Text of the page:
8. Prolonged experience of discriminatory or insulting behaviour can often produce a reaction on the part of the excluded who then stop trying for inclusion. For example, ‘upper’ caste Hindu communities have often denied entry into temples for the ‘lower’ castes and specially the Dalits.
    After decades of such treatment, the Dalits may build their own temple, or convert to another religion like Buddhism, Christianity or Islam. After they do this, they may no longer desire to be included in the Hindu temple or religious events. But this does not mean that social exclusion is not being practiced.
  9. The term social stratification refers to a system by which categories of people in a society are ranked in a hierarchy. There are three key principles that help explain social stratification: 
    1. Social stratification is a characteristic of society, not simply a function of individual differences. Social stratification is a society-wide system that unequally distributes social resources among categories of people. In more technologically advanced societies where people produce a surplus over and above their basic needs, however, social resources are unequally distributed to various social categories regardless of people’s innate individual abilities.
    2. Socialstratificationpersistsovergenerations.Itiscloselylinkedtothefamilyandtotheinheritance of social resources from one generation to the next. A person’s social position is ascribed. That is, children assume the social positions of their parents. Within the caste system, birth dictates occupational opportunities. A Dalit is likely to be confined to traditional occupations such as agricultural labour, scavenging, or leather work, with little chance of being able to get high-paying white-collar or professional work. The ascribed aspect of social inequality is reinforced by the practice of endogamy. That is, marriage is usually restricted to members of the same caste, ruling out the potential for blurring caste lines through inter-marriage.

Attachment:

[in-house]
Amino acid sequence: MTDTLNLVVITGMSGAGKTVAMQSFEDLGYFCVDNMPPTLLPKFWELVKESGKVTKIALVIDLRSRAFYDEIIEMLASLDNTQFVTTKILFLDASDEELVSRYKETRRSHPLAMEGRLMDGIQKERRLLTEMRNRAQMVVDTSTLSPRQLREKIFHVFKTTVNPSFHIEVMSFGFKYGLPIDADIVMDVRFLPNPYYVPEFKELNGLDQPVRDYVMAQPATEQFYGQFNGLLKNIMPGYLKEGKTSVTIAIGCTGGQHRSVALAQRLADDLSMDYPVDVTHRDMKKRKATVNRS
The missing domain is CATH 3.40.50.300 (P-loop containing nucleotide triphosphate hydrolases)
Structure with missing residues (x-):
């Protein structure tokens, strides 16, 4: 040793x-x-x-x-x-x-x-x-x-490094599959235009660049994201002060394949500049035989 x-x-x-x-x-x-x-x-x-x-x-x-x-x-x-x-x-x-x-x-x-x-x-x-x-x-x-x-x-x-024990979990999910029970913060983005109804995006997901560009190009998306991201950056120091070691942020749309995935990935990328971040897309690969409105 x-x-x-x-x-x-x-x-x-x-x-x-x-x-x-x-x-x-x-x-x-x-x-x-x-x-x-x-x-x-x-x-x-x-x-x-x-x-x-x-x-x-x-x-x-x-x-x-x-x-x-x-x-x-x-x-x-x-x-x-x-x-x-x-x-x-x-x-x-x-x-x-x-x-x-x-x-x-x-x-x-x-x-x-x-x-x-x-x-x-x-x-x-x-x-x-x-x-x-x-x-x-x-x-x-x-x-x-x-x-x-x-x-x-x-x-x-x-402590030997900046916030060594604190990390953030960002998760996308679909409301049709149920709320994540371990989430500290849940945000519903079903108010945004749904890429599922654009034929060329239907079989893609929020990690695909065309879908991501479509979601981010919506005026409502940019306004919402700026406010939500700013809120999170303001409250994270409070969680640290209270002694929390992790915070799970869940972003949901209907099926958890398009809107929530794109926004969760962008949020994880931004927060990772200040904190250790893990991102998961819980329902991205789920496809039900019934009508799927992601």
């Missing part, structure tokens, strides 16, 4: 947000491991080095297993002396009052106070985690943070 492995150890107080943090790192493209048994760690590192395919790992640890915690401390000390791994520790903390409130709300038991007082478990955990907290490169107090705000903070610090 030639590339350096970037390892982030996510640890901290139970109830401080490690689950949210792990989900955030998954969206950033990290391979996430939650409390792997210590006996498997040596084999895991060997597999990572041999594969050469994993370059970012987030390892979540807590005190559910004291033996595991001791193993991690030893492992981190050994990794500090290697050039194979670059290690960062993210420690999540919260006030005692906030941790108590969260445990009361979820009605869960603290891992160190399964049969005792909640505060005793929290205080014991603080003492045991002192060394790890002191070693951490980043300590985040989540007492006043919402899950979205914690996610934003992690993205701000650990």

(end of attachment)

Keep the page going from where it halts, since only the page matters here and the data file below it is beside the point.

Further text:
3. Social stratification is supported by patterns of belief, or ideology. No system of social stratification is likely to persist over generations unless it is widely viewed as being either fair or inevitable. The caste system, for example, is justified in terms of the opposition of purity and pollution, with the Brahmins designated as the most superior and Dalits as the most inferior by virtue of their birth and occupation.
  10. The caste system is a distinct Indian social institution that legitimises and enforces practices of discrimination against people born into particular castes. These practices of discrimination are humiliating, exclusionary and exploitative.
    Historically, the caste system classified people by their occupation and status. Every caste was associated with an occupation, which meant that persons born into a particular caste were also ‘born into’ the occupation associated with their caste – they had no choice.
    Moreover, and perhaps more importantly, each caste also had a specific place in the hierarchy of social status, so that, roughly speaking, not only were occupational categories ranked by social status, but there could be a further ranking within each broad occupational category.
    In strict scriptural terms, social and economic status was supposed to be sharply separated. For example, the ritually highest castes – the Brahmins – were not supposed to amass wealth, and were subordinated to the secular power of kings and rulers belonging to the Kshatriya castes.
    On the other hand, despite having the highest secular status and power, the king was subordinated to the Brahmin in the ritual-religious sphere.